In his early days when Malcolm would criticize Black civil rights leaders, he often brought up those in interracial marriages and labeled them as false representatives of Black people. On several occasions he mentioned the playright behind “A Raisin In The Sun,” Lorraine Hansberry, as one such example. According to Ossie Davis, Hansberry was so furious about this she cornered Malcolm at a party, and in a rare instance he was speechless after she checked him. The two made up though and would remain friends.
Hansberry and Malcolm both share today, May 19th, as their birthdays. Even though they only knew each other for a short time, when Hansberry died Malcolm attended her funeral. Many other Black icons were also present, and Martin Luther King had a representative speak for him at the funeral. This was in January of 1965, a month before Malcolm’s death.
Sam Cooke was friends with Muhammad Ali, but had encountered Malcolm X before he knew the boxer. Cooke first met Malcolm in Harlem at a performance at the Apollo Theater. The three of them became friends during a stay at Harlem’s Hotel Theresa in 1963, and Cooke came to admire them. Cooke saw in them the same sense of self-determination he had as a Black musician who owned the rights to his music.
After Ali had fought Sunny Liston, the three shared a hotel room with football player Jim Brown, where they had a private celebration. A recent play called One Night In Miami imagined what the four of them would have talked about, and how they would have related to each other based on their viewpoints and experiences. Shortly after this historic encounter, Ali would announce to the world that he had joined the Nation of Islam. He would also make a song with Cooke, who was killed later that year.
The two icons surprisingly never met, but came very close to doing so. Paul Robeson and Malcolm both attended Lorraine Hansberry’s funeral, with Robeson speaking at it. While the two did not cross paths there, according to an Amsterdam News story from May 1, 1965, Malcolm asked Ossie Davis to help organize a meeting with Robeson. Unfortunately, Malcolm was killed before he had a chance to meet Robeson.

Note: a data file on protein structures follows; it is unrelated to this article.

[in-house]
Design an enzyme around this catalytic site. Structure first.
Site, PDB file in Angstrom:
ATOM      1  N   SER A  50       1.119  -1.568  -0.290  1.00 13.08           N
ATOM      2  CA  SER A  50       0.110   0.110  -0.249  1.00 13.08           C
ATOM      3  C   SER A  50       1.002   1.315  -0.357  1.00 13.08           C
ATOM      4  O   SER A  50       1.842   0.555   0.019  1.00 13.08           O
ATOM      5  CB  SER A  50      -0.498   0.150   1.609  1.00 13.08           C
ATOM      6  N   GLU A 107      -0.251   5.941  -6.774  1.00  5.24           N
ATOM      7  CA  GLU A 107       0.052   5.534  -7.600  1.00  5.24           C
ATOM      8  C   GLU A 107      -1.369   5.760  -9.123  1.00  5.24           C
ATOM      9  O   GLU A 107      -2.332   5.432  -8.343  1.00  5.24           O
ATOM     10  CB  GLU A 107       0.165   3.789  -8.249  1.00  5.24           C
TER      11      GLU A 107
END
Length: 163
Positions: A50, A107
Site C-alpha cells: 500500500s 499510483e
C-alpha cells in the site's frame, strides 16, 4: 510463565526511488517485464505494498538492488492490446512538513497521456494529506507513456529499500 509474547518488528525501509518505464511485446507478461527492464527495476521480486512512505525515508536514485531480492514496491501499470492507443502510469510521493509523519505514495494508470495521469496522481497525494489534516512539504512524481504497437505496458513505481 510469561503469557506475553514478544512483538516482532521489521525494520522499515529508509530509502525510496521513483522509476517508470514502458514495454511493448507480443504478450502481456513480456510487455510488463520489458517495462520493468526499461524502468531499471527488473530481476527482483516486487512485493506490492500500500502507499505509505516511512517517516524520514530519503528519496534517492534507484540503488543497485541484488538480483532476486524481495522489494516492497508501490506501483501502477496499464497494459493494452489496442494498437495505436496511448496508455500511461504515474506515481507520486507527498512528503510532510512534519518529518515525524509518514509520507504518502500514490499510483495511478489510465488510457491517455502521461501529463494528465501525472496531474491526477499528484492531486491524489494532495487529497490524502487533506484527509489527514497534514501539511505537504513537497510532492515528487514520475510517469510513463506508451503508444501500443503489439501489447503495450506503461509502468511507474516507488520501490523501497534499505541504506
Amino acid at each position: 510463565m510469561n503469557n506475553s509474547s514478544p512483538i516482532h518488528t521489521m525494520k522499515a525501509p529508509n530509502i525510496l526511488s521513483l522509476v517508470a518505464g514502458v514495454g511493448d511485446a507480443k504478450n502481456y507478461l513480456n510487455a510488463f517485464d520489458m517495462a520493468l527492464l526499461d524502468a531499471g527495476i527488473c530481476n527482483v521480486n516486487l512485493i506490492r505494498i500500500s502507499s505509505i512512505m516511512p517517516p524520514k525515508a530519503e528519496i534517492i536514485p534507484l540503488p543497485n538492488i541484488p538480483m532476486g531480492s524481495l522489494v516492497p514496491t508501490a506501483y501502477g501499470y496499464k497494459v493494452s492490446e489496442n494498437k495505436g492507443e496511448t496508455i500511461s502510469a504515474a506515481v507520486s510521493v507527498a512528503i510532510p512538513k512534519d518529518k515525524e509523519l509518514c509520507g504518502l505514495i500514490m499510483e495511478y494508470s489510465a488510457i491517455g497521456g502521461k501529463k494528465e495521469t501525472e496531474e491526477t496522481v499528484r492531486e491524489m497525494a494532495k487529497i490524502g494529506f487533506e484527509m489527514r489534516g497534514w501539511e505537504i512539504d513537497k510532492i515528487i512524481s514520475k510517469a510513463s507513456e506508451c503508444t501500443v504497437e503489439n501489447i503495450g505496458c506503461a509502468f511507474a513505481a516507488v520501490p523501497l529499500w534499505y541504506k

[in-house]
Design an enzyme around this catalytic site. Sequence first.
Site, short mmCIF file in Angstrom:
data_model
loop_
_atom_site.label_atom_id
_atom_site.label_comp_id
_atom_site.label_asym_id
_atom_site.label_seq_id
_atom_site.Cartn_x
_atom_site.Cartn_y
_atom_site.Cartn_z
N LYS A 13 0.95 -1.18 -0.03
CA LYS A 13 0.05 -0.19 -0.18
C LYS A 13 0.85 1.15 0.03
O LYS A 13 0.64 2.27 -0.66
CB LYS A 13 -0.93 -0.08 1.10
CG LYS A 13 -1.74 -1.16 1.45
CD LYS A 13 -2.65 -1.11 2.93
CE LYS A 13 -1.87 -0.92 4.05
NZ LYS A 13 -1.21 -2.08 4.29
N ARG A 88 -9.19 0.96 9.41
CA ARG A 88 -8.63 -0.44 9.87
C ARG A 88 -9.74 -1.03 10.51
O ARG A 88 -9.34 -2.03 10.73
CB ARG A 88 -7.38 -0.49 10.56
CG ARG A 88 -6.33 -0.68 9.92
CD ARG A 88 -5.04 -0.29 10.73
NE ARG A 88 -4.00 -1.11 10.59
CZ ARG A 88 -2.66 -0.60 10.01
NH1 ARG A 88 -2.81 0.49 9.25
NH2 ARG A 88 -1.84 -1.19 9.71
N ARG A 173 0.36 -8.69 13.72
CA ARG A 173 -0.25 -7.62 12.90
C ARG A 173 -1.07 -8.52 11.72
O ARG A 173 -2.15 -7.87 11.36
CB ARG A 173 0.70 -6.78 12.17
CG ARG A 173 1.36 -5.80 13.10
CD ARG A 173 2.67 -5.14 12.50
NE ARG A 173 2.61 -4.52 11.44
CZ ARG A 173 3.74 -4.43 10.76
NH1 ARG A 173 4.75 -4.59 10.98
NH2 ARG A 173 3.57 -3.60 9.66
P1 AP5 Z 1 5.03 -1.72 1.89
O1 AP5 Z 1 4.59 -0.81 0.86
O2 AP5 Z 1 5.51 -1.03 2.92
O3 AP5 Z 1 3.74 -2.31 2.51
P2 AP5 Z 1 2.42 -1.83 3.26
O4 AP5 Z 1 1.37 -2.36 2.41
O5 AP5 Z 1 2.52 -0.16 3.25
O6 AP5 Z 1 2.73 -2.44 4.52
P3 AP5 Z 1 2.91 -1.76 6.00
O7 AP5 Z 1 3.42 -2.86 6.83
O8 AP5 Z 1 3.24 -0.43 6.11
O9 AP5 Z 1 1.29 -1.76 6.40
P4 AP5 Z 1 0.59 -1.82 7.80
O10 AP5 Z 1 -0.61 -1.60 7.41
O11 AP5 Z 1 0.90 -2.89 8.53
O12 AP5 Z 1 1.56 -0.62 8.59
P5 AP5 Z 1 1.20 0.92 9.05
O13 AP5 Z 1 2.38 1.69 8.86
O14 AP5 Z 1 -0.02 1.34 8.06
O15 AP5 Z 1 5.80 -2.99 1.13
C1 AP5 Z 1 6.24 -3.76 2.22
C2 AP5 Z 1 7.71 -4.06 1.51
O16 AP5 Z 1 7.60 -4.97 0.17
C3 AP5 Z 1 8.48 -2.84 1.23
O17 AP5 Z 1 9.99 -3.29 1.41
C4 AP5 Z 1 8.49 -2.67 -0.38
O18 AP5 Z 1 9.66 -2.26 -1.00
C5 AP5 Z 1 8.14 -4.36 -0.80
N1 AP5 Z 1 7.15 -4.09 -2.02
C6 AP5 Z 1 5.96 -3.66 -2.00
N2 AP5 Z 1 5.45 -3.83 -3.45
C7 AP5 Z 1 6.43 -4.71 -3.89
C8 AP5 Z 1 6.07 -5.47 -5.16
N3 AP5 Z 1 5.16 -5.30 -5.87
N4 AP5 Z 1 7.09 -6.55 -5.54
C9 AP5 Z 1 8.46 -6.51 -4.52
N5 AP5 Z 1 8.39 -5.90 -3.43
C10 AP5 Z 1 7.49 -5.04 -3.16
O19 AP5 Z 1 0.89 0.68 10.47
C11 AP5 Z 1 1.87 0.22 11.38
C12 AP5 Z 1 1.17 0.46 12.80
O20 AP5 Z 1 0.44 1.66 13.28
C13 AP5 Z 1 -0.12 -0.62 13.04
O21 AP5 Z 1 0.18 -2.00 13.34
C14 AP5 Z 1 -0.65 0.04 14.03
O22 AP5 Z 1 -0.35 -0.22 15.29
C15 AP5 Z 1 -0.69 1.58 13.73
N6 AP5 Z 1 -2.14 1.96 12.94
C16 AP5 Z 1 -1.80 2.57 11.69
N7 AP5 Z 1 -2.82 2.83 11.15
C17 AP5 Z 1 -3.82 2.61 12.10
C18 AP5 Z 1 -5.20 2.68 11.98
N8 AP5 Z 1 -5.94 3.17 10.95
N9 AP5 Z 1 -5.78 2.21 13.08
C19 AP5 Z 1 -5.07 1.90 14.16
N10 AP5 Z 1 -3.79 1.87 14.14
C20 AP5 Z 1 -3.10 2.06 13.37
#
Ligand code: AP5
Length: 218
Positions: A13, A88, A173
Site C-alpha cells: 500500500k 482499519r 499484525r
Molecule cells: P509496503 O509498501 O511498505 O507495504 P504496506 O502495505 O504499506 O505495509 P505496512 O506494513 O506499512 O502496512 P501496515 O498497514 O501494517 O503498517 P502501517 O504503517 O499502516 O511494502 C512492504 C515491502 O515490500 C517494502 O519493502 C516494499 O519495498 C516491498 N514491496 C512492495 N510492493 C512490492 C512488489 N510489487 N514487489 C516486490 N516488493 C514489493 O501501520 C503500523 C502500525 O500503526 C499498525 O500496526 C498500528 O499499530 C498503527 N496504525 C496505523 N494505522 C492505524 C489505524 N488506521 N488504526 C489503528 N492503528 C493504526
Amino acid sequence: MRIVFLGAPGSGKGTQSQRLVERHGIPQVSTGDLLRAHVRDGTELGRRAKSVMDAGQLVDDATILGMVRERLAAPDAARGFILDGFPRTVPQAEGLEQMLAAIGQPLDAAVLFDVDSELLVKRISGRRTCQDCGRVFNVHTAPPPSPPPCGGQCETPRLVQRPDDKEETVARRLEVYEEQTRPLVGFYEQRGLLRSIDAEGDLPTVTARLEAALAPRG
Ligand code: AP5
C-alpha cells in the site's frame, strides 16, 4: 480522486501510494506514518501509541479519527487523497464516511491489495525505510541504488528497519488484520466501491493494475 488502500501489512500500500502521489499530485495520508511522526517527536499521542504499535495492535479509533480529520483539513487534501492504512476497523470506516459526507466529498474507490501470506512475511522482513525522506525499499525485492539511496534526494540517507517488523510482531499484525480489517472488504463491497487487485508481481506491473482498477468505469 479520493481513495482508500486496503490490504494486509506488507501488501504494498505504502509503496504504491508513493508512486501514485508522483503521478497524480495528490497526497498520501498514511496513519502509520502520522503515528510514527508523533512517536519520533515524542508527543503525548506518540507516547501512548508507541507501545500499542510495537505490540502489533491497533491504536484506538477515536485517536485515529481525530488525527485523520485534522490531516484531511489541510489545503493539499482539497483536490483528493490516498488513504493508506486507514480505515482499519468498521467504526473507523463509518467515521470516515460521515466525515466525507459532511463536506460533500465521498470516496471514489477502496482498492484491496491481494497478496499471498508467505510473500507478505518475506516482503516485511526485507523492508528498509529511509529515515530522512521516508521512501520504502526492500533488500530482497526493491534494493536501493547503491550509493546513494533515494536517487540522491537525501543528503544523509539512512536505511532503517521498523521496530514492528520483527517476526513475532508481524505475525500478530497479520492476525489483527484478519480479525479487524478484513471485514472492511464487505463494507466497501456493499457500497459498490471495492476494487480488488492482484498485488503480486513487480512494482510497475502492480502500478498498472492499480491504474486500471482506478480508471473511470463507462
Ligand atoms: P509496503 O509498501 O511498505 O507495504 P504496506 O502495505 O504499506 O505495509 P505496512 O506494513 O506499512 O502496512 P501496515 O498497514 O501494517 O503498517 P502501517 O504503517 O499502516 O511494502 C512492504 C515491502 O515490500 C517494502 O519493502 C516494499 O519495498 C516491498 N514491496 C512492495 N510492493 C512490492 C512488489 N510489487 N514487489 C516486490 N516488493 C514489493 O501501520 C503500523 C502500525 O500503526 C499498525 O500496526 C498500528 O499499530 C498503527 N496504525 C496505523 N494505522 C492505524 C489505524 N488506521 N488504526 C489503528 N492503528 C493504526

Eartha Kitt encountered Malcolm on several occasions. They once spoke at a rally in Harlem co-organized by Jackie Robinson after the Birmingham church bombing of 1963. She describes in an interview with the First Amendment Center that she and Malcolm would debate their differences in ideology. She was trying to persuade him to align with the Civil Rights Movement, a position Malcolm was considering in the final year of his life. The last time she saw him was several days before he was killed.
The “Sanford & Son” comedian knew Malcolm as a teen, and they briefly mention each other in their autobiographies. In their days as hustlers the two worked at the same Harlem restaurant as dishwashers. Redd Foxx was nicknamed “Chicago Red” and Malcolm “Detroit Red,” based on their hair color and hometowns. (Malcolm was from Lansing, but used Detroit as more people knew that city.) The two were struggling at the time and stayed on a rooftop each night, using newspapers as their beds. They would cross paths again in the ’60s after becoming legends.
Although this seems like an obvious connection, Malcolm did inspire the Black Power activist Stokely Carmichael to pursue a more radial direction. Carmichael and students at Howard University once had Malcolm debate the activist Bayard Rustin at the campus. Malcolm accepted the challenge and would win this 1962 debate. Before the marches in Selma, Carmichael and the Student Nonviolent Coordinating Committee had Malcolm come to the city to speak.